A new malware written in Golang programming language, tracked as Capoae, is targeting WordPress installs and Linux systems.
Akamai researchers spotted a new strain of malware written in Golang programming language, dubbed Capoae, that was involved in attacks aimed at WordPress installs and Linux systems.
The malware spread through attacks exploiting known vulnerabilities (i.e. CVE-2020-14882 Oracle WebLogic Server RCE, and CVE-2018-20062 ThinkPHP RCE) and targeting sites and systems protected with weak administrative credentials. Upon infecting a system, the malware abuses its resources to mine cryptocurrency.
The researchers discovered the threat after a sample of the malware targeted one Akamai honeypot. The attackers dropped a PHP malware sample through a backdoor linked to a WordPress plugin called Download-monitor, which was installed after the honeypot was accessed.
“Around the same time the news was spreading about these crypto mining malware attacks, SIRT honeypots were infected with PHP malware that arrived via a backdoored addition to a WordPress plugin named download-monitor.” said Akamai researcher Larry Cashdollar. “Download-monitor had been installed after the honeypot’s weak WordPress admin credentials had been guessed. A 3MB UPX packed Golang binary was also downloaded to /tmp. Upon examination, it was clear the malware had some decryption functionality and an encrypted file stored in another directory.”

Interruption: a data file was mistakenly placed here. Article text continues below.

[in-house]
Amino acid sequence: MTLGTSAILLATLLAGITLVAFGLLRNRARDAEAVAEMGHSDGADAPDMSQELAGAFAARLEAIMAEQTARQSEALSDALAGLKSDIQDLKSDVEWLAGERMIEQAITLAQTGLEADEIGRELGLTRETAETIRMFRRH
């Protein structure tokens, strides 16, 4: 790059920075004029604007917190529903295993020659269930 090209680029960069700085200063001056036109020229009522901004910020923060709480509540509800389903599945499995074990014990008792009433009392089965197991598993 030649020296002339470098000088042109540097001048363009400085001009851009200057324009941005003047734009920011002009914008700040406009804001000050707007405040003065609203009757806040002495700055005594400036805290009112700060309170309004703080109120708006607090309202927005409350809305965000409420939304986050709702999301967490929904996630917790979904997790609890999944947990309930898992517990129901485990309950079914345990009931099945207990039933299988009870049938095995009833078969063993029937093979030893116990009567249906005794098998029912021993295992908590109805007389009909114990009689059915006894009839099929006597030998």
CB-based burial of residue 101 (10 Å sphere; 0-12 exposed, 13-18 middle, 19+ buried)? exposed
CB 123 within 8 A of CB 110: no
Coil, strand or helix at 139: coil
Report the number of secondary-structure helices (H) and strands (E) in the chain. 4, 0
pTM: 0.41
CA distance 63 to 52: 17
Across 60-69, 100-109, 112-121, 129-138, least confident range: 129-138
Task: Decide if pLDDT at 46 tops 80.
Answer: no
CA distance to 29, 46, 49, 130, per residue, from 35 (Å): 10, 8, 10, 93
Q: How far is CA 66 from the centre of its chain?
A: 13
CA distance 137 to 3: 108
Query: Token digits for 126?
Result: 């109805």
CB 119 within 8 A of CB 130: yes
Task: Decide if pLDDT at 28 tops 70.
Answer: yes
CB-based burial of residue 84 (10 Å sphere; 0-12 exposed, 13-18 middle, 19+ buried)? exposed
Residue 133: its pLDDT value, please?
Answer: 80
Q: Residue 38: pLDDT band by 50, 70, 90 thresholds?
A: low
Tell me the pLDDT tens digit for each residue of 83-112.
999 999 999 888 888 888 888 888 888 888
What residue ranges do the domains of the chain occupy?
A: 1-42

The researchers also noticed that the attackers installed several web shells to carry out malicious activities such as uploading stolen files to a remote server controlled by the attackers. The analysis of the binary revealed the presence of a port scanner that is used to target randomly generated IP addresses and checking for ports to target with known exploits.
In order to achieve persistence, the malware first chooses a legitimate-looking system path from a small list of locations on a disk where you’d likely find system binaries, then it generates a random six-character filename, and uses these two pieces to copy itself into the new location on the disk and deletes itself. The malicious code injects/updates a Crontab entry that will trigger the execution of the above binary.
In order to detect the infection, Cashdollar recommends watching out system resource consumption, odd/unexpected running processes, suspicious artifacts (files, crontab entries, SSH keys, etc.), and suspicious access log entries, etc.. The researcher also shared a list of Indicators of Compromise (IoCs) for this threat.
“The Capoae campaign’s use of multiple vulnerabilities and tactics highlights just how intent these operators are on getting a foothold on as many machines as possible. The good news is, the same techniques we recommend for most organizations to keep systems and networks secure still apply here.” concludes the analysis.
(SecurityAffairs – hacking, Capoae)